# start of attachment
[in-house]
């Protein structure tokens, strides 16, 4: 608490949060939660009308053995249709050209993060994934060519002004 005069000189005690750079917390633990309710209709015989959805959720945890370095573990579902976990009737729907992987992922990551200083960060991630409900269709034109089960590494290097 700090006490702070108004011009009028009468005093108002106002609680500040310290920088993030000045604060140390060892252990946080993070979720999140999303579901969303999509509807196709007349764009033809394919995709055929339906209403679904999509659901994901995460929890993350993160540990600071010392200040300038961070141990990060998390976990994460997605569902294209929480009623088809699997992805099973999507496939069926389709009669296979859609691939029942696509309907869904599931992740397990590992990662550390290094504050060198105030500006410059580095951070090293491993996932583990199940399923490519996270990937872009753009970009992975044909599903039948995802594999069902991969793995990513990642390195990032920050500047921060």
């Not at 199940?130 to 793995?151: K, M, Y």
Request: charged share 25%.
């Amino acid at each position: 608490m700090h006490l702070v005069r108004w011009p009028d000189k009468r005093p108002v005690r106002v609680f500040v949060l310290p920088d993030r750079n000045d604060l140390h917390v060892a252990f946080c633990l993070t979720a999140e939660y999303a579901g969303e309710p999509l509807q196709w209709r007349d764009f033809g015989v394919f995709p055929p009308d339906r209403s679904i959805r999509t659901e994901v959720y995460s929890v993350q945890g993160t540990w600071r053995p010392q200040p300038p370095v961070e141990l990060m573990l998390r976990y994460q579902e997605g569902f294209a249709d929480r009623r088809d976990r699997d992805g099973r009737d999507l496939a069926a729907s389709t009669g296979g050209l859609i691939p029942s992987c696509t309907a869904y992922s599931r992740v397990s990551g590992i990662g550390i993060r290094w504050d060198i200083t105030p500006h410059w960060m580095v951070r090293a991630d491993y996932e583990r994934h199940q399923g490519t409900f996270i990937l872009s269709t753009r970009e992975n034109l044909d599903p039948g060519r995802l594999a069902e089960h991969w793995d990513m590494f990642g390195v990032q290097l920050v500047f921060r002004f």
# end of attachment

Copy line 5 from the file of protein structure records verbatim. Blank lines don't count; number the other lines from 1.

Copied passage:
């Amino acid at each position: 608490m700090h006490l702070v005069r108004w011009p009028d000189k009468r005093p108002v005690r106002v609680f500040v949060l310290p920088d993030r750079n000045d604060l140390h917390v060892a252990f946080c633990l993070t979720a999140e939660y999303a579901g969303e309710p999509l509807q196709w209709r007349d764009f033809g015989v394919f995709p055929p009308d339906r209403s679904i959805r999509t659901e994901v959720y995460s929890v993350q945890g993160t540990w600071r053995p010392q200040p300038p370095v961070e141990l990060m573990l998390r976990y994460q579902e997605g569902f294209a249709d929480r009623r088809d976990r699997d992805g099973r009737d999507l496939a069926a729907s389709t009669g296979g050209l859609i691939p029942s992987c696509t309907a869904y992922s599931r992740v397990s990551g590992i990662g550390i993060r290094w504050d060198i200083t105030p500006h410059w960060m580095v951070r090293a991630d491993y996932e583990r994934h199940q399923g490519t409900f996270i990937l872009s269709t753009r970009e992975n034109l044909d599903p039948g060519r995802l594999a069902e089960h991969w793995d990513m590494f990642g390195v990032q290097l920050v500047f921060r002004f």